Use your own standards
What makes us such an offended society?
I’m not sure the answer to that, but I am sure we have often become a society that moves straight to being outraged and offended rather than thinking things through.
I pride myself on being one of the most open-minded people I know. I believe everyone has a right to their opinion and, even if I don’t share it, I don’t want to take it from them.
As Voltaire said, “I do not agree with what you have to say, but I’ll defend to the death your right to say it.”
Anyone think they’re immune to the temptation of offense? Maybe you are, but I found out I’m probably not.
I love comedy. The roasts broadcast by Comedy Central are often my favorite things on television. They remind me of the Dean Martin Celebrity Roasts (the complete series of which I own). They make me laugh even when there are times I know I shouldn’t.
I remember a comedy skit from Redd Foxx where he said “These people ain’t gonna die for you, why are you gonna let them tell you when you can laugh?”
I’ve always kept that in mind and I’ve found myself laughing at a variety of punch lines even when the jokes were sometimes questionable in taste.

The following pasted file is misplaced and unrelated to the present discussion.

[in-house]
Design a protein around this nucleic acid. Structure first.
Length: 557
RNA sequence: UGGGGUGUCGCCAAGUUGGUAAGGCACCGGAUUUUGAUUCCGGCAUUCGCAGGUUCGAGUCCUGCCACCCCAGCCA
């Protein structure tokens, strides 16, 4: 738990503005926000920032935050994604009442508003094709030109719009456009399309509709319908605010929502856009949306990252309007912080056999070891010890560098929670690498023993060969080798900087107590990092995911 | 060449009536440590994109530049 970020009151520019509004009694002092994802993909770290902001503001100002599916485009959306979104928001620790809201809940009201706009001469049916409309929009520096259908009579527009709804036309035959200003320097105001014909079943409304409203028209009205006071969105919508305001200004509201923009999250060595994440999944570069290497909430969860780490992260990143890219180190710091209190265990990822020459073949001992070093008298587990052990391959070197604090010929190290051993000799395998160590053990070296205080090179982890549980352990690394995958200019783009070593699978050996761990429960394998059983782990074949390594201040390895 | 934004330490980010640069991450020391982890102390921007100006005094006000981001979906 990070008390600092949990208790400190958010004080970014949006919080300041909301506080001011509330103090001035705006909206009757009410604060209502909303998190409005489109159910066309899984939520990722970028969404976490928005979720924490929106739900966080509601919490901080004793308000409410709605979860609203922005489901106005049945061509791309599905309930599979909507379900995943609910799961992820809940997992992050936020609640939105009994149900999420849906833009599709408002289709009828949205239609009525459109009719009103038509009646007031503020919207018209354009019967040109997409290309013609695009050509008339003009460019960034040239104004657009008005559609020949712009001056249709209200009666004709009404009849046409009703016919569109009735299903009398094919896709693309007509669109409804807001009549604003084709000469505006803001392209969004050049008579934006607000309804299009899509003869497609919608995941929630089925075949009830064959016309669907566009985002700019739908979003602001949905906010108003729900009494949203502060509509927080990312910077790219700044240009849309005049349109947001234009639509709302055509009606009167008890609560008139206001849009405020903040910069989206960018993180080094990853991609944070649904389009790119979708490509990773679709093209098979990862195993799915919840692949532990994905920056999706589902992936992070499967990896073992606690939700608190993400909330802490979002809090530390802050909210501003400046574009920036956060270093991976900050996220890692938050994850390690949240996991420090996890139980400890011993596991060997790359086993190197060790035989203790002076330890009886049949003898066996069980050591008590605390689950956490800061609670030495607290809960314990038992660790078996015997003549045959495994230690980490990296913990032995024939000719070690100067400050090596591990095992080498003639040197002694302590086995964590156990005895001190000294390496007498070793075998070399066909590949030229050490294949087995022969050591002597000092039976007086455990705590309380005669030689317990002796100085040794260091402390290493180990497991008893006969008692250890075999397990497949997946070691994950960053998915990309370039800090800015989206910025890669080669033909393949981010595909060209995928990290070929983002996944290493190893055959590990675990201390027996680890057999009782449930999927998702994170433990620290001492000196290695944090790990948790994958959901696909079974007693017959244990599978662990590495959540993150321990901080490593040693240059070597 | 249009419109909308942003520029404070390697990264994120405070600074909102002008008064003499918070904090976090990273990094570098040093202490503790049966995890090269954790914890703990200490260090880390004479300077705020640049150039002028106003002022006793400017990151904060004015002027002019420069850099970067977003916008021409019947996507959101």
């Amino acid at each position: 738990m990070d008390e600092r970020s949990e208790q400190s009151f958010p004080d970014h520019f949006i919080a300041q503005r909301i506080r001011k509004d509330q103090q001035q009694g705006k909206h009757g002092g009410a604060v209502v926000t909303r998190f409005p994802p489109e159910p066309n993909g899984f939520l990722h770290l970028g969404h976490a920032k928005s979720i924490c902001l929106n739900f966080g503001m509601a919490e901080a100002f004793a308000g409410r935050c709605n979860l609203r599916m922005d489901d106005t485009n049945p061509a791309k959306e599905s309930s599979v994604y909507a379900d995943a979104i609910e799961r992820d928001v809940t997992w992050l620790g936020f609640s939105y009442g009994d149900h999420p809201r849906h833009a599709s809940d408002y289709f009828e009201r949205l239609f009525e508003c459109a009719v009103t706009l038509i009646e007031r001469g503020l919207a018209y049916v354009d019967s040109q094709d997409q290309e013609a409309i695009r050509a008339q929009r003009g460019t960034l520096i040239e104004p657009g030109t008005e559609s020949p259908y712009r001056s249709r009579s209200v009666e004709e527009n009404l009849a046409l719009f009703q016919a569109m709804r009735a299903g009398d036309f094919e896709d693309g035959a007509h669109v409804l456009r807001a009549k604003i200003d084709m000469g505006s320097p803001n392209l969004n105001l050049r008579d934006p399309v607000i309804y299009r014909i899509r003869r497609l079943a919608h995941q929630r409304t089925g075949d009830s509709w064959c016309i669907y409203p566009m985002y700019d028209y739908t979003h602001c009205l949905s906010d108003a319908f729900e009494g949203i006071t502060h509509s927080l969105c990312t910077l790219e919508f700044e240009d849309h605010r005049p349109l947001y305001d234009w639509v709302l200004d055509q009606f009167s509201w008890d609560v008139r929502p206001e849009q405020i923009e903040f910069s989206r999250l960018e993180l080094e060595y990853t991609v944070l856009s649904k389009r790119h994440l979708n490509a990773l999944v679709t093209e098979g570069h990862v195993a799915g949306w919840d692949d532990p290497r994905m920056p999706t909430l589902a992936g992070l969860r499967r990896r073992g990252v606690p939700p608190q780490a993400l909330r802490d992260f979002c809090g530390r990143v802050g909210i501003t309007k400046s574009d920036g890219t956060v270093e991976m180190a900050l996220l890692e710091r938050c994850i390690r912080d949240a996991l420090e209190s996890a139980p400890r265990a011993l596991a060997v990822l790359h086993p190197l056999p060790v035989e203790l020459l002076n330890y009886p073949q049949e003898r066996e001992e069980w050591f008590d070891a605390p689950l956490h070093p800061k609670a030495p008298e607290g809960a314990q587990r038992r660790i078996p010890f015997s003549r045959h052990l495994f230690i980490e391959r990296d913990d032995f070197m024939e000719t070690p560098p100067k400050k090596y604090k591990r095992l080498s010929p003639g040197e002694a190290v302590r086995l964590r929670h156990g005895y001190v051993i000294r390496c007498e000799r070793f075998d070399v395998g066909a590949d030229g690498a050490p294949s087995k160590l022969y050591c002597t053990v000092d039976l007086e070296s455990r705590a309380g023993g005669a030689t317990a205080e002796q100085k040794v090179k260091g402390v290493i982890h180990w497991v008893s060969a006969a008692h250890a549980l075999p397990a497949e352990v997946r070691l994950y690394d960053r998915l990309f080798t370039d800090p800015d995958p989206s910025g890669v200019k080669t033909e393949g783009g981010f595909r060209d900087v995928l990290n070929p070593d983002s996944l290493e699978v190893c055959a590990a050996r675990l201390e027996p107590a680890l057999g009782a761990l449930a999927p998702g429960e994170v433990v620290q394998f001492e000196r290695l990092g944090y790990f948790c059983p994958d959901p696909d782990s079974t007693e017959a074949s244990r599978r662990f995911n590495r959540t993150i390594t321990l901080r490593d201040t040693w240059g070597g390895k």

My co-worker Patrick Bryant and I laugh about the jokes from the roasts all the time and we’ve had several discussions about the nature of comedy. We both comedians that make some people uncomfortable – people like George Carlin, Eddie Griffin and Christopher Titus.
Recently a couple of comedians got a lot of flak for their jokes. Daniel Tosh made a reference about rape that he apologized for and Dane Cook made a regrettable joke about the situation in the Colorado theater shootings. He also later apologized.
While I didn’t think the jokes were funny, I wasn’t sure how I felt about their apologies. Redd Foxx , Don Rickels and a lot of other comedians from the old school joked about everything. We didn’t expect them to apologize and they wouldn’t have if they’d been asked.
During the last celebrity roast – of Roseanne – a joke was told that made me flinch. I usually don’t mind whatever the joke is; even if I don’t find it tasteful, but this one got to me.
If you’ve read this column before, you probably know that I’m a big John Ritter fan and I’ve written about supporting the John Ritter Foundation for aortic health. That’s why Anthony Jeselnik’s joke cut.
“Katey Sagal, you are an incredible actress,” he said. “You worked on ‘Married with Children,’ the show that changed comedy, ‘Sons of Anarchy,’ the show that took comedy to a whole new level, and ‘8 Simple Rules,’ the show that killed John Ritter.”
Though I’m no big fan of Jeselnik, I thought he was at his best during the Roseanne roast and I had been laughing quite a bit. Then that joke came. I stopped – immediately.
I don’t think what I felt was offense, but I know it wasn’t a joke I wanted him to tell again. I didn’t want him to apologize for it either, though. I thought he got the punishment the joke deserved – I didn’t laugh.
Maybe the lesson I learned is that its okay to be offended, just as long as you don’t hold other people to your standards in what they are offended by.
Thadd White is Managing Editor of Roanoke-Chowan Publications. He can be reached via email at email@example.com or by telephone at 332-7211.